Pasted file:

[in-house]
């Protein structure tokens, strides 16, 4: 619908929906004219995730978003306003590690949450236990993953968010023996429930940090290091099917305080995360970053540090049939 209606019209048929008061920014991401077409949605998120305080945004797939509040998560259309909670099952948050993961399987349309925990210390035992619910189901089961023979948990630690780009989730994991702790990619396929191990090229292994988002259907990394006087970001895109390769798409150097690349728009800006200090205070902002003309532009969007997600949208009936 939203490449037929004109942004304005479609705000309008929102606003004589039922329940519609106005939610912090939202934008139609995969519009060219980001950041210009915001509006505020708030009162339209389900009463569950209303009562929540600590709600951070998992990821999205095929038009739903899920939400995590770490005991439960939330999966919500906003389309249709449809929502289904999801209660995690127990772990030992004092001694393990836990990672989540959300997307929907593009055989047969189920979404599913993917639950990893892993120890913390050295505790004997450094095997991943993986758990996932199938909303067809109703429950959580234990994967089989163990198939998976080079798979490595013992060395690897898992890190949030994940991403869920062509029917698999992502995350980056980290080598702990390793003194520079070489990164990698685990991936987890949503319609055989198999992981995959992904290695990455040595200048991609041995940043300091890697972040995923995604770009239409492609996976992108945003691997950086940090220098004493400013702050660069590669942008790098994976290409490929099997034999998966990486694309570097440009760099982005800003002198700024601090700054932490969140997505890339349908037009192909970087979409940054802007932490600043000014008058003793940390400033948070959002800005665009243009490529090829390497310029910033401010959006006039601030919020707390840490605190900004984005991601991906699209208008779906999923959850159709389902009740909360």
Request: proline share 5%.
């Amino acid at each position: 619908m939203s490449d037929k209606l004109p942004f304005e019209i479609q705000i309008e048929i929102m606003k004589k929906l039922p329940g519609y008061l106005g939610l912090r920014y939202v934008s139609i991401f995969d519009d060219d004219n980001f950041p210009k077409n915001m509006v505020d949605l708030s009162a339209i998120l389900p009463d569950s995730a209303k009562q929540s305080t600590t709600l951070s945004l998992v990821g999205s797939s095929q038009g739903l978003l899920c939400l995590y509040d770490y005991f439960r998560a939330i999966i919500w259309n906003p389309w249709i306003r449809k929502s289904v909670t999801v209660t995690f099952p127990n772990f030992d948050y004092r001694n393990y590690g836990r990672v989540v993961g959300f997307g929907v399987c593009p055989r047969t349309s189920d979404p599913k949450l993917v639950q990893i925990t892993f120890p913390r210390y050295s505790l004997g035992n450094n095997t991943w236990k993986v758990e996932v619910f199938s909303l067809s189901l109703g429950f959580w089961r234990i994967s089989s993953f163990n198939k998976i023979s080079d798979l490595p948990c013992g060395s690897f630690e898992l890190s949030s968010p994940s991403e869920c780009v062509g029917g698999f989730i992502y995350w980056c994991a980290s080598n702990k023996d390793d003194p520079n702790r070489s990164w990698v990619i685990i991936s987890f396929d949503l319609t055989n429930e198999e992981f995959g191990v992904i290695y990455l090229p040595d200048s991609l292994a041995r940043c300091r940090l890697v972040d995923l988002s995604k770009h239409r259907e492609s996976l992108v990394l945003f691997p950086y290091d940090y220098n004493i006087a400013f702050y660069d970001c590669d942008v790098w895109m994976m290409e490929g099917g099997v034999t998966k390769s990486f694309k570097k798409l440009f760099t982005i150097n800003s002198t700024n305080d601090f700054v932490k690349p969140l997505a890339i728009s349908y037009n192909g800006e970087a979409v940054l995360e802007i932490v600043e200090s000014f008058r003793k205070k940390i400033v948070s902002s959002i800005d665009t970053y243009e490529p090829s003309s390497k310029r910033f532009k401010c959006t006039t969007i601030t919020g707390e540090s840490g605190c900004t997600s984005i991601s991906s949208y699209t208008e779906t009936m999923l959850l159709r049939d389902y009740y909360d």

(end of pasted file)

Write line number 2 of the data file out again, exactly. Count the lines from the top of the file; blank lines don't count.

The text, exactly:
């Protein structure tokens, strides 16, 4: 619908929906004219995730978003306003590690949450236990993953968010023996429930940090290091099917305080995360970053540090049939 209606019209048929008061920014991401077409949605998120305080945004797939509040998560259309909670099952948050993961399987349309925990210390035992619910189901089961023979948990630690780009989730994991702790990619396929191990090229292994988002259907990394006087970001895109390769798409150097690349728009800006200090205070902002003309532009969007997600949208009936 939203490449037929004109942004304005479609705000309008929102606003004589039922329940519609106005939610912090939202934008139609995969519009060219980001950041210009915001509006505020708030009162339209389900009463569950209303009562929540600590709600951070998992990821999205095929038009739903899920939400995590770490005991439960939330999966919500906003389309249709449809929502289904999801209660995690127990772990030992004092001694393990836990990672989540959300997307929907593009055989047969189920979404599913993917639950990893892993120890913390050295505790004997450094095997991943993986758990996932199938909303067809109703429950959580234990994967089989163990198939998976080079798979490595013992060395690897898992890190949030994940991403869920062509029917698999992502995350980056980290080598702990390793003194520079070489990164990698685990991936987890949503319609055989198999992981995959992904290695990455040595200048991609041995940043300091890697972040995923995604770009239409492609996976992108945003691997950086940090220098004493400013702050660069590669942008790098994976290409490929099997034999998966990486694309570097440009760099982005800003002198700024601090700054932490969140997505890339349908037009192909970087979409940054802007932490600043000014008058003793940390400033948070959002800005665009243009490529090829390497310029910033401010959006006039601030919020707390840490605190900004984005991601991906699209208008779906999923959850159709389902009740909360």